EurekaWhile I’ve never seen an episode of the SciFi Channel show Eureka, after listening to Bear McCreary’s work for the show, I feel like I have. For those familiar with Battlestar Gallactica, McCreary is the mad genius behind that show’s unwaveringly impressive scores. Executive Producer Charlie Craig said that McCreary was brought in for the second season of Eureka after they heard his work on Battlestar Gallactica. And what’s most interesting about this choice is that McCreary’s work here is that where McCreary goes all dark and foreboding in Battlestar Gallactica, here he’s all about playing the goofy card, only he somehow manages to keep it from actually sounding goofy… it just sounds like unwaveringly impressive music with a whimsical twist, or as McCreary himself calls it: “A crazy mix of genres and styles, as diverse and intriguing as the many citizens of Eureka.”

Each track has its own distinct themes and motifs to explore and McCreary never settles on a simple sound when a more surprising or unusual one will make the difference. Just listen to the almost random bass in “Through the Vortex” or the sudden vocals in “Sheriff Carter’s Theme,” which, by the way, are some of the funniest/most appropriately odd vocals I’ve ever heard in a score. There are numerous themes here, including “Fargo’s Theme” (an eclectic mix of high notes and bass), “Henry’s Theme” (one of the more emotional pieces on the album, featuring a slowly strummed guitar), “Taggart’s Theme (country music meets The Simpsons), Alison’s Theme (a track that sounds surprisingly similar to the Ben Folds Five hit “Brick”) and the aforementioned “Sheriff Carter’s Theme.” These themes help establish the personalities of the characters, while the rest of the tracks give us a feel for the town and the adventures that the episodes unfold.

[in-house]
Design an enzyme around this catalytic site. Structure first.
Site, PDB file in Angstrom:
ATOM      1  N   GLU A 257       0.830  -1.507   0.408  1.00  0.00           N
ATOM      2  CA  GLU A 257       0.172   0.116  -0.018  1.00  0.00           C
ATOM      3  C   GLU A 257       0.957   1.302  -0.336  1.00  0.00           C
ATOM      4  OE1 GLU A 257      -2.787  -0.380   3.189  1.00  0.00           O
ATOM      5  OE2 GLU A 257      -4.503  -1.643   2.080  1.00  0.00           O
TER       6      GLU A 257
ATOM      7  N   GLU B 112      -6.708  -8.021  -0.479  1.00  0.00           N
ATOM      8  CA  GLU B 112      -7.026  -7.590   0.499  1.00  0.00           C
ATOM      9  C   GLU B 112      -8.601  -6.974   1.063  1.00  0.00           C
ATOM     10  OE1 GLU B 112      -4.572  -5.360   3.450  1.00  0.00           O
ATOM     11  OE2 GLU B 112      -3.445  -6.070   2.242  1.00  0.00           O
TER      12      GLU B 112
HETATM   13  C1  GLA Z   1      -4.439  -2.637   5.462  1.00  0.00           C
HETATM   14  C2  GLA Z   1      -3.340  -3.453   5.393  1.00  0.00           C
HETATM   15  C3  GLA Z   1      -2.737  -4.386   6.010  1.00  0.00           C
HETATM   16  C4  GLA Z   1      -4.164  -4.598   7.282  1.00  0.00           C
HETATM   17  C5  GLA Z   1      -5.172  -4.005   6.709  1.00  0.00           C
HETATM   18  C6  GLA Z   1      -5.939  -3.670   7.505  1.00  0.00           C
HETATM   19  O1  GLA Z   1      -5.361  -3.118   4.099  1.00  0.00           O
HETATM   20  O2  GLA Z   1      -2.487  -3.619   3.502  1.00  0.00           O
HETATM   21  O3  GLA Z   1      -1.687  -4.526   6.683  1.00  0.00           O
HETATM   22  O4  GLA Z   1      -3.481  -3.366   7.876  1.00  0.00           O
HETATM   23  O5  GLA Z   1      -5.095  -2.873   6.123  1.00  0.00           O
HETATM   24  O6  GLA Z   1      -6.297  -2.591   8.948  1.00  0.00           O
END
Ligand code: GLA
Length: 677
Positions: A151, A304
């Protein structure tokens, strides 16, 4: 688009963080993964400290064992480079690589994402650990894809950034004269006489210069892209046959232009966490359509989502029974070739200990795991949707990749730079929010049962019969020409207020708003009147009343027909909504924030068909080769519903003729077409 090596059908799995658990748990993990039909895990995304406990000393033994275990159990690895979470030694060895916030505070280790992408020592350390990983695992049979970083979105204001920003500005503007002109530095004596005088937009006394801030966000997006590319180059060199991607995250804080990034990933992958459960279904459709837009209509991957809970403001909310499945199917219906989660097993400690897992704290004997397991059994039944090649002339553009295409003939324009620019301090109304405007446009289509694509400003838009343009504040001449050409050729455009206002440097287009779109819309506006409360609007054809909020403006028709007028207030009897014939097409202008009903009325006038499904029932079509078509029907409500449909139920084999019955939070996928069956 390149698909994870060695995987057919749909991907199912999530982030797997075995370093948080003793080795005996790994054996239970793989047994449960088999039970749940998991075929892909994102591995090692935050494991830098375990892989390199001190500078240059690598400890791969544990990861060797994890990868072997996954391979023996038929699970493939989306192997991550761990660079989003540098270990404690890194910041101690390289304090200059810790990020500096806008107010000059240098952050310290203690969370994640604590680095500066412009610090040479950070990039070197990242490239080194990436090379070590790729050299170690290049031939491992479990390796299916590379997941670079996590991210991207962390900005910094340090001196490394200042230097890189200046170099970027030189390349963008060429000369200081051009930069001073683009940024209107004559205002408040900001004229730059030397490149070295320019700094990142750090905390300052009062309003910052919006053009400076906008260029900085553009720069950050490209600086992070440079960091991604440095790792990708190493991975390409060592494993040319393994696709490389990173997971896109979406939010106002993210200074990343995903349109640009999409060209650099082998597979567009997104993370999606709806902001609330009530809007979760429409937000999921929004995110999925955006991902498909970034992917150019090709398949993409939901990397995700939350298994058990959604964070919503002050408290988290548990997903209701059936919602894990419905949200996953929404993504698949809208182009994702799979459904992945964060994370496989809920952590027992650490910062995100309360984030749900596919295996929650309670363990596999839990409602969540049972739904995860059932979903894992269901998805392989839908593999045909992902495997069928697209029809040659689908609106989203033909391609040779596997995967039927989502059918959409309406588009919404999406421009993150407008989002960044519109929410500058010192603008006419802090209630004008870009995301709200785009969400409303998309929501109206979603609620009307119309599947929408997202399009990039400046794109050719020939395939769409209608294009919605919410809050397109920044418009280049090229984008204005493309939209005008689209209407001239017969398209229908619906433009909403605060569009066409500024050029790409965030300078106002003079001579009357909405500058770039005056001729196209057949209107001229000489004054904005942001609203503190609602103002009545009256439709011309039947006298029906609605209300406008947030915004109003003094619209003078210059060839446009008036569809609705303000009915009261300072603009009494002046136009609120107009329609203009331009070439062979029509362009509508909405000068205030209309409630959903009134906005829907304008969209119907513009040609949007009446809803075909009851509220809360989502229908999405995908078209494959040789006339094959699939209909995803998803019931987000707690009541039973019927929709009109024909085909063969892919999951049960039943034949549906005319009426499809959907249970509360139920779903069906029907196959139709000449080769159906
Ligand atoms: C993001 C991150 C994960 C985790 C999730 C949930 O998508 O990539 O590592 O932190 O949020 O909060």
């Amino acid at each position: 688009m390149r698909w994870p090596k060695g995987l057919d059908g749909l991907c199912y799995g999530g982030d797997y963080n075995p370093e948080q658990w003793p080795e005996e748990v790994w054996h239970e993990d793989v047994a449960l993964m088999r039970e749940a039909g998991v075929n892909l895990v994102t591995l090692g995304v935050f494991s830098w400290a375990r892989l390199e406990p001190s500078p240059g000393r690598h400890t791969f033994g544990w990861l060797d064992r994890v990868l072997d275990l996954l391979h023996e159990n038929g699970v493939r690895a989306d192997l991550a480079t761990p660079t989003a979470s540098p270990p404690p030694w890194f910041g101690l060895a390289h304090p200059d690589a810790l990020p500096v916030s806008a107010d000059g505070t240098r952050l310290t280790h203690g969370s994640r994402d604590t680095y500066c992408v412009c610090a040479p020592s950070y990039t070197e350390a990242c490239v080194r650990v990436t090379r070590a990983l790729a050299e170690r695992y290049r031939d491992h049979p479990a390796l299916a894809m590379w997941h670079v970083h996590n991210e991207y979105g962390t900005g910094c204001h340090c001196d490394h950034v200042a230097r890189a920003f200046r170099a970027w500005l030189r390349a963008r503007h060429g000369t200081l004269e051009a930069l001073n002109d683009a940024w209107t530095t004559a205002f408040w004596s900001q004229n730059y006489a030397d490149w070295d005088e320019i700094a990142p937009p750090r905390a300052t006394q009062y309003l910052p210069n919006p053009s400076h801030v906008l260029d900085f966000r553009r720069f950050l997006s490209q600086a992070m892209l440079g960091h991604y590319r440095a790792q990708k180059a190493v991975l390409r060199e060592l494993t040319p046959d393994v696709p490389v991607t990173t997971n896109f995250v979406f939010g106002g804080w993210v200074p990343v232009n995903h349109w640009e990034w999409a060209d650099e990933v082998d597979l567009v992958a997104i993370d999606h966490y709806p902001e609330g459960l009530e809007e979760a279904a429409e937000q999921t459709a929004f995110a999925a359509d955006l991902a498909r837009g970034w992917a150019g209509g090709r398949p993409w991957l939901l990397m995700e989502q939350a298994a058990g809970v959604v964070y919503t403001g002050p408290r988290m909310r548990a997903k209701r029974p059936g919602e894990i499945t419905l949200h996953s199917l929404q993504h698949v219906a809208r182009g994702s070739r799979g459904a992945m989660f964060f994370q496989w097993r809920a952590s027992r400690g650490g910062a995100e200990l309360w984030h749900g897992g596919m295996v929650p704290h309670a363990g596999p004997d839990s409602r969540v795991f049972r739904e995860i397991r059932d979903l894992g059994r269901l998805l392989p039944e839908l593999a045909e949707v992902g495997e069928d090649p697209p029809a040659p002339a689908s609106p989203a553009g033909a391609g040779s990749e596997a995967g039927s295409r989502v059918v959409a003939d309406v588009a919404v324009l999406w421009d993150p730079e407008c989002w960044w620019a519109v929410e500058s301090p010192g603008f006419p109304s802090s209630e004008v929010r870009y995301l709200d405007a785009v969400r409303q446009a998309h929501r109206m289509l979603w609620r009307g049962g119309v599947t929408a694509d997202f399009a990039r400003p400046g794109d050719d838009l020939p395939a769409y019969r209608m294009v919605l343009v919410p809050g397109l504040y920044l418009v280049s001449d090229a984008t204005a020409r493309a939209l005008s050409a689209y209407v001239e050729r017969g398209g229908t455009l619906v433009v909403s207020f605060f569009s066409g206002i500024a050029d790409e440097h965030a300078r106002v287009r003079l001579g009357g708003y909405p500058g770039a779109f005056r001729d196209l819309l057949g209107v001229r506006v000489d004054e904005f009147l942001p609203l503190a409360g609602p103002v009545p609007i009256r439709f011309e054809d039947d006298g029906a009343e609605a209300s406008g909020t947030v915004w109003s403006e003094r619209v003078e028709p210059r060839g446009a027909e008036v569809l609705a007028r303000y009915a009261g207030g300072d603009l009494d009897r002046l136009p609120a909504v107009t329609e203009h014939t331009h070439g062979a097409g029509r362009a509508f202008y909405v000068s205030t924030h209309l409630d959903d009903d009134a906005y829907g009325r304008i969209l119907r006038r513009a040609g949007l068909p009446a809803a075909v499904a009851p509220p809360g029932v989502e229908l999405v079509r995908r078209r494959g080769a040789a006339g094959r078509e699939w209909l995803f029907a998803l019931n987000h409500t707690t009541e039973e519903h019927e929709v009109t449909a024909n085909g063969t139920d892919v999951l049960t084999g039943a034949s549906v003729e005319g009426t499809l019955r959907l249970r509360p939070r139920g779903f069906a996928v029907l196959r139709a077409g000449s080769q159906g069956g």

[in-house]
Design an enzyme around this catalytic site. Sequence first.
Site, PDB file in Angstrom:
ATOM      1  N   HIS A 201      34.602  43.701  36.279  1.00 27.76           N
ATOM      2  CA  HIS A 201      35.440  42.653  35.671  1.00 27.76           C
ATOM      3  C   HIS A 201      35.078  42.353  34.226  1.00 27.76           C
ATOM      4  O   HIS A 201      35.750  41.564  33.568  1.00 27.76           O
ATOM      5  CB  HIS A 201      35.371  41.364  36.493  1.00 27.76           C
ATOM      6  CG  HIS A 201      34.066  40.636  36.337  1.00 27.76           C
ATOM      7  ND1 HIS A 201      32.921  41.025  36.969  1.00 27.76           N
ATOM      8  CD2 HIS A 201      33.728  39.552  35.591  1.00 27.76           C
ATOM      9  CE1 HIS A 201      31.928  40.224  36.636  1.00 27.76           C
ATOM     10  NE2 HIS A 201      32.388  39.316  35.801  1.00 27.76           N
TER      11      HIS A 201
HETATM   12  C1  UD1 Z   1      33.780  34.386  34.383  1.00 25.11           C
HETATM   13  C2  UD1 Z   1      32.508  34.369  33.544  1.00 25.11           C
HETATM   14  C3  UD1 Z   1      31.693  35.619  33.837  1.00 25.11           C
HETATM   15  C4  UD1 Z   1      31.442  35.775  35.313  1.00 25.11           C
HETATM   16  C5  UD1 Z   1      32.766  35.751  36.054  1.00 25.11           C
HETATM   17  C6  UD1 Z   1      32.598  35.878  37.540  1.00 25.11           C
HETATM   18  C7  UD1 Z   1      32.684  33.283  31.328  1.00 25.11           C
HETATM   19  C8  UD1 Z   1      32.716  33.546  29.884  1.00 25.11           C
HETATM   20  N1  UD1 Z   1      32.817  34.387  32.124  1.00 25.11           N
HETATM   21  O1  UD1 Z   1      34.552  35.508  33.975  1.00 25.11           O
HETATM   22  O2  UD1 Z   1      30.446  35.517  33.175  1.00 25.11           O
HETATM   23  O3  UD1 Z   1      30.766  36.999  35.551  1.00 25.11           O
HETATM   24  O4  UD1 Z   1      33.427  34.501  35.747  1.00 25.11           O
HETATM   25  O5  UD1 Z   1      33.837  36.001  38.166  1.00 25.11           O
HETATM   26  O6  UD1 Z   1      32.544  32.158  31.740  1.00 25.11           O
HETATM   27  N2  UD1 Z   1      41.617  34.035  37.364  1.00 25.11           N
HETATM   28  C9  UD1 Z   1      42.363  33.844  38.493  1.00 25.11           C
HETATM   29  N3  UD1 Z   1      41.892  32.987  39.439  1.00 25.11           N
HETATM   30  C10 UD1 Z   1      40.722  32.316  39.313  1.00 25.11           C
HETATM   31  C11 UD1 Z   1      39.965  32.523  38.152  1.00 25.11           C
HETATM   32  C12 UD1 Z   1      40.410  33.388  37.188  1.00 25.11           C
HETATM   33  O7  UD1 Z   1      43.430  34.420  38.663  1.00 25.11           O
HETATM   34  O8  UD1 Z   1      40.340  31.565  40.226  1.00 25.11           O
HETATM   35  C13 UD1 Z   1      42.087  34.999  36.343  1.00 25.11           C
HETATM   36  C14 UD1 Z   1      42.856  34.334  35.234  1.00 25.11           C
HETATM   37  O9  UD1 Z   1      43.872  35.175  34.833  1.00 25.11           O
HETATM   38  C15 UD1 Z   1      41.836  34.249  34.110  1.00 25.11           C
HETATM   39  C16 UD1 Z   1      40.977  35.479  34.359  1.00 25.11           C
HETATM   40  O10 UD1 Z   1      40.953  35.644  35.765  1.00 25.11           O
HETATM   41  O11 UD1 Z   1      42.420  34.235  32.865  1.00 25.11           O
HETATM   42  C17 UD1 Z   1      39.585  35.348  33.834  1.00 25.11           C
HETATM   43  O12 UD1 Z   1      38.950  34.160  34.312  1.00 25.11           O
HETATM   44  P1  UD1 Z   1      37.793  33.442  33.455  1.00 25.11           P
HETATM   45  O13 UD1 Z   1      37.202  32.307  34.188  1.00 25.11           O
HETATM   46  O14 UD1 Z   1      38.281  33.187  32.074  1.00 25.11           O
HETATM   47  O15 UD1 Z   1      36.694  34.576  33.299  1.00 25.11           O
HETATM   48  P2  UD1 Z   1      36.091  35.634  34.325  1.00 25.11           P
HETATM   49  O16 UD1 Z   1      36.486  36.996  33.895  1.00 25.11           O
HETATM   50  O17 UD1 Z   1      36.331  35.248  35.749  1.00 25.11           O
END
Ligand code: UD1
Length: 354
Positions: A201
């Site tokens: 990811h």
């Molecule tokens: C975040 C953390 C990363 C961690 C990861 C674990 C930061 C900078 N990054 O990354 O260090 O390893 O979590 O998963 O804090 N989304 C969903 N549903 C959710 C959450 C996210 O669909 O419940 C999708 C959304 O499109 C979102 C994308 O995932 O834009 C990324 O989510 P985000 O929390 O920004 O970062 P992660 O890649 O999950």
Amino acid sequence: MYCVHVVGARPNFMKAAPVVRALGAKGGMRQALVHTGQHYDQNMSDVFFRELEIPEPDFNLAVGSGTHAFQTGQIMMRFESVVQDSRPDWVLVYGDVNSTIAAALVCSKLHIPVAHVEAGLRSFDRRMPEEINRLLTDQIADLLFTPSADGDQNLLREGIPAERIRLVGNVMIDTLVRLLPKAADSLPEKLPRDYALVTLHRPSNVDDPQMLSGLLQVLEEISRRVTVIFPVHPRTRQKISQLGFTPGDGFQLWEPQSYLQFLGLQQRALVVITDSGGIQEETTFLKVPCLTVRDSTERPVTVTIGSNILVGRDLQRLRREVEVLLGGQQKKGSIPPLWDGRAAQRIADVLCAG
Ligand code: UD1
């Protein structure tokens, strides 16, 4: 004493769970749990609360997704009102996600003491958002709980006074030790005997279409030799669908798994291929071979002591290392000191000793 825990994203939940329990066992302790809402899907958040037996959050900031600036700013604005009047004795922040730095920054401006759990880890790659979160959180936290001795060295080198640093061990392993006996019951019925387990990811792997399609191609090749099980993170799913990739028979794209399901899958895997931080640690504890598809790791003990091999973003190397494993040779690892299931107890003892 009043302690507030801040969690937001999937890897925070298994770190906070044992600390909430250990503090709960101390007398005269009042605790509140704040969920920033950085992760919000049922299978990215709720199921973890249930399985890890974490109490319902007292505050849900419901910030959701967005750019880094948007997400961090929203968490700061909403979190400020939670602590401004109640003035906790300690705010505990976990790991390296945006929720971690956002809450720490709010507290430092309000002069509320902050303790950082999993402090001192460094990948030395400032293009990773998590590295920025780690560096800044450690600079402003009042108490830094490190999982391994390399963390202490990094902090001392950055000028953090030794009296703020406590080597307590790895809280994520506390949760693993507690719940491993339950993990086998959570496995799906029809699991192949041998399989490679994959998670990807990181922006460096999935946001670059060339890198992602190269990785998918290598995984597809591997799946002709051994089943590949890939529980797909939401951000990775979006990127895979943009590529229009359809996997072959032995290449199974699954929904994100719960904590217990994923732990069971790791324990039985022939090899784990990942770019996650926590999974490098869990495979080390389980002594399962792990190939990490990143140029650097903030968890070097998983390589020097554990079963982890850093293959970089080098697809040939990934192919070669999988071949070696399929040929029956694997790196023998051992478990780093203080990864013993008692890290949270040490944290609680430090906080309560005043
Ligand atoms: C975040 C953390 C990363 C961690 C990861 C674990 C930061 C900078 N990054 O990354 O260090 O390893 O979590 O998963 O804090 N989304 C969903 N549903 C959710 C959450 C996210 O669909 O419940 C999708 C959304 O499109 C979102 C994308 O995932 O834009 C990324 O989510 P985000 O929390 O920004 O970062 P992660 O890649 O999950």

Tracks like “The Laser Cannon” give you a sense of what McCreary can do with foreboding, though it quickly plays out into a NES-like theme that has the perfect blend of drive and build. Even the slow moments here are perfectly worked in, and it sounds even better when it fades into the R&B grooves of “Noche de Suenos.” There are quick tracks (like the Mission Impossible-esque “Victor’s Getaway”) and long tracks (like the almost six-minute long “A Nuke For Fargo”, a track that covers more ground and envelops more musical genres than seems possible. Overall, McCreary provides almost 80 minutes of innovative and surprisingly quirky music. I only say surprising considering his past work. From here on out it’s clear that McCreary is probably capable of anything.

Zach’s Rating: A
Perfect For: An eclectic, yet well-tied mix of R&B, nintendo, country, folk and classical music
Stay Away if: You take your music way too seriously
If you only get one, make it this one: “EurekAerobics” – I don’t know what kind of crazy ’80s kick McCreary had to go on to make this song happen, but you’ll be glad he did

To purchase the score for Eureka, visit Amazon

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